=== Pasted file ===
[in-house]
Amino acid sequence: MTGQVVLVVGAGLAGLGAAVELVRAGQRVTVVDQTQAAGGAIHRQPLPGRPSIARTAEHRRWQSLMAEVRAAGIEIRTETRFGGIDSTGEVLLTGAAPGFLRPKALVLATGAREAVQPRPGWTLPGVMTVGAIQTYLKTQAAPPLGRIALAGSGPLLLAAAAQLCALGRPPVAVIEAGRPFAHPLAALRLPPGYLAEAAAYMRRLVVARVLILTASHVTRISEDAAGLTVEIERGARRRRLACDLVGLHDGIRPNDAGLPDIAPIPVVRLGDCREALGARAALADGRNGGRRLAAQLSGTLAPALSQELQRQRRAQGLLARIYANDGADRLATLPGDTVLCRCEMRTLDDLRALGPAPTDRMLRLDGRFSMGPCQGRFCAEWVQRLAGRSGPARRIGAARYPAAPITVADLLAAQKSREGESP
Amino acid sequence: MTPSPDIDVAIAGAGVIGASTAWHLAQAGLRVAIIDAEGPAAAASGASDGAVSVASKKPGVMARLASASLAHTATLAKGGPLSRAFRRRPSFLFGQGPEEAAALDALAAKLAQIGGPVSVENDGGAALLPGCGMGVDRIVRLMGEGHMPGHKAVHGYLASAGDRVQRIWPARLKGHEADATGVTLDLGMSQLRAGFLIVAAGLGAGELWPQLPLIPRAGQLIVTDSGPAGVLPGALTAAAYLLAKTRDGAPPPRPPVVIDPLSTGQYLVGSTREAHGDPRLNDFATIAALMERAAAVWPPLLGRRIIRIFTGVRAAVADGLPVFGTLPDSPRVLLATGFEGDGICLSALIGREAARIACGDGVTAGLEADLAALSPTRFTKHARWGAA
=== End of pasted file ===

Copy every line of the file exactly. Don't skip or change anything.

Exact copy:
[in-house]
Amino acid sequence: MTGQVVLVVGAGLAGLGAAVELVRAGQRVTVVDQTQAAGGAIHRQPLPGRPSIARTAEHRRWQSLMAEVRAAGIEIRTETRFGGIDSTGEVLLTGAAPGFLRPKALVLATGAREAVQPRPGWTLPGVMTVGAIQTYLKTQAAPPLGRIALAGSGPLLLAAAAQLCALGRPPVAVIEAGRPFAHPLAALRLPPGYLAEAAAYMRRLVVARVLILTASHVTRISEDAAGLTVEIERGARRRRLACDLVGLHDGIRPNDAGLPDIAPIPVVRLGDCREALGARAALADGRNGGRRLAAQLSGTLAPALSQELQRQRRAQGLLARIYANDGADRLATLPGDTVLCRCEMRTLDDLRALGPAPTDRMLRLDGRFSMGPCQGRFCAEWVQRLAGRSGPARRIGAARYPAAPITVADLLAAQKSREGESP
Amino acid sequence: MTPSPDIDVAIAGAGVIGASTAWHLAQAGLRVAIIDAEGPAAAASGASDGAVSVASKKPGVMARLASASLAHTATLAKGGPLSRAFRRRPSFLFGQGPEEAAALDALAAKLAQIGGPVSVENDGGAALLPGCGMGVDRIVRLMGEGHMPGHKAVHGYLASAGDRVQRIWPARLKGHEADATGVTLDLGMSQLRAGFLIVAAGLGAGELWPQLPLIPRAGQLIVTDSGPAGVLPGALTAAAYLLAKTRDGAPPPRPPVVIDPLSTGQYLVGSTREAHGDPRLNDFATIAALMERAAAVWPPLLGRRIIRIFTGVRAAVADGLPVFGTLPDSPRVLLATGFEGDGICLSALIGREAARIACGDGVTAGLEADLAALSPTRFTKHARWGAA